Exploring the 30-year ‘career’ of a gifted fine art forger, Art and Craft delves into one of the most intriguing cases of deception in art history and its ramifications for the unhappy curators who fell for the fakes.
Screened as part of NZIFF 2014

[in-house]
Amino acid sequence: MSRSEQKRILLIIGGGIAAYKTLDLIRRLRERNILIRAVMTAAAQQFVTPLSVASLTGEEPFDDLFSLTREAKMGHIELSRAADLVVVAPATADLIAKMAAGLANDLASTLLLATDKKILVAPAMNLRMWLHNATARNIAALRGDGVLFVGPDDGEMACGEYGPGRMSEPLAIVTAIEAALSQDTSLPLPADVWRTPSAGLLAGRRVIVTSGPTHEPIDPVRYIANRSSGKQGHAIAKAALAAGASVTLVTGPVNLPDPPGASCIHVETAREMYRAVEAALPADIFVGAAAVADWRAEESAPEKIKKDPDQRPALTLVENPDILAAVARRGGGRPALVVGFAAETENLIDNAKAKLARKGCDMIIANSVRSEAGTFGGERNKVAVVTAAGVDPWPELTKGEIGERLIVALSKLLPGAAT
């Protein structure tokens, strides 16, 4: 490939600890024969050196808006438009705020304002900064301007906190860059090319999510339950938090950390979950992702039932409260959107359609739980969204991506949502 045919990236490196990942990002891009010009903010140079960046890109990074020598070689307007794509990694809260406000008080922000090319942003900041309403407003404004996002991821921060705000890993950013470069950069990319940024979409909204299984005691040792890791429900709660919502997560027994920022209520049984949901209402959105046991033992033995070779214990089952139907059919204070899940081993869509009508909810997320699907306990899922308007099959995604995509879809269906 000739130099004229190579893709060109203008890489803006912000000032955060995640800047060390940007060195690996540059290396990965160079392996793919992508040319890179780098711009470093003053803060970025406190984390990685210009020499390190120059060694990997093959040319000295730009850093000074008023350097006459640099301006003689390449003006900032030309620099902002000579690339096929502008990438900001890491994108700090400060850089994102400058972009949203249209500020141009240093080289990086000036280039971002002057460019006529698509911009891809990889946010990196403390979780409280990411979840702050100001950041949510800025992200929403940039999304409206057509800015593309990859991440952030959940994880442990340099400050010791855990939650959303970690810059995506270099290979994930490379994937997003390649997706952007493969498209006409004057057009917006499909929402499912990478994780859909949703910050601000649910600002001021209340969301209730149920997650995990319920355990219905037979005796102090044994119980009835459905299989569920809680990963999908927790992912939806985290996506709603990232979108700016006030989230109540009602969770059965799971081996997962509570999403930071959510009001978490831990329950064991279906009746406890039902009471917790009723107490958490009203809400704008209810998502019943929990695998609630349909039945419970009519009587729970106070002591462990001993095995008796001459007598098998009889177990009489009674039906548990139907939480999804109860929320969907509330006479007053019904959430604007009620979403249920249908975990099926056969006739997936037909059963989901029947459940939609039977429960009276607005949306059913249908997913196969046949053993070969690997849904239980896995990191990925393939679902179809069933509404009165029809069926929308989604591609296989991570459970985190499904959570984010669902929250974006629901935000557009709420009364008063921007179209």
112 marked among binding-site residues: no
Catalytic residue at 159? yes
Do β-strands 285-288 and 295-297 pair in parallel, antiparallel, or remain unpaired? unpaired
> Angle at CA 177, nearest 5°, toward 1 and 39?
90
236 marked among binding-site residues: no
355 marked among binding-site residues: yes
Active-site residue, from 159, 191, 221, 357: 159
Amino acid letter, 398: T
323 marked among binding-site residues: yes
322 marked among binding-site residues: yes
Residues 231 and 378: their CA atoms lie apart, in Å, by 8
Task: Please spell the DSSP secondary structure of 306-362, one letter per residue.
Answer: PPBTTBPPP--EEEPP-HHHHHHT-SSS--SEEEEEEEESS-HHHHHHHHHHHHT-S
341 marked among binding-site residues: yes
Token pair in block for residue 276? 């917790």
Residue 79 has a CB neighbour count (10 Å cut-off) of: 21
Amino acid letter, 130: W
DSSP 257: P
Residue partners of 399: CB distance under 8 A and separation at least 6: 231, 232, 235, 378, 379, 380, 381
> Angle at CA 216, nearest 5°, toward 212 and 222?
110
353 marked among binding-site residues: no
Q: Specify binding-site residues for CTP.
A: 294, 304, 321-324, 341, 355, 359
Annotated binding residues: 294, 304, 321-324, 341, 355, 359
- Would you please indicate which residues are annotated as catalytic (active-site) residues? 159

One of the most prolific art forgers in US history, Mark Landis has duped over 40 American museums with an impressive array of ingeniously crafted fakes, ranging from 16th-century religious paintings to illustrations by Dr Seuss. For reasons that this film explores with delicacy and precision, Landis, long since diagnosed schizophrenic, has never made a cent from his nefarious pursuit. Rolling up at august institutions of art, culture and religion posing as a bereft relative or a Jesuit priest bearing inherited gifts, he’s been an honoured guest. Once discovered and widely reported, his ‘philanthropic binges’ (as he describes them) have proven horribly embarrassing to art world professionals – several of whom account for their gulling with a modicum of dignity in this film. But two of them appear permanently shaken. With no legal redress to alleviate their insecurity – giving away forged art is not a crime – their drive to curtail and contain him provides this documentary with a very suggestive counter-narrative. Sheepish, wry, his voice a whisper, his chit-chat a cut-and-paste of juicy lines from the classic movie channel, Landis may forever elude them.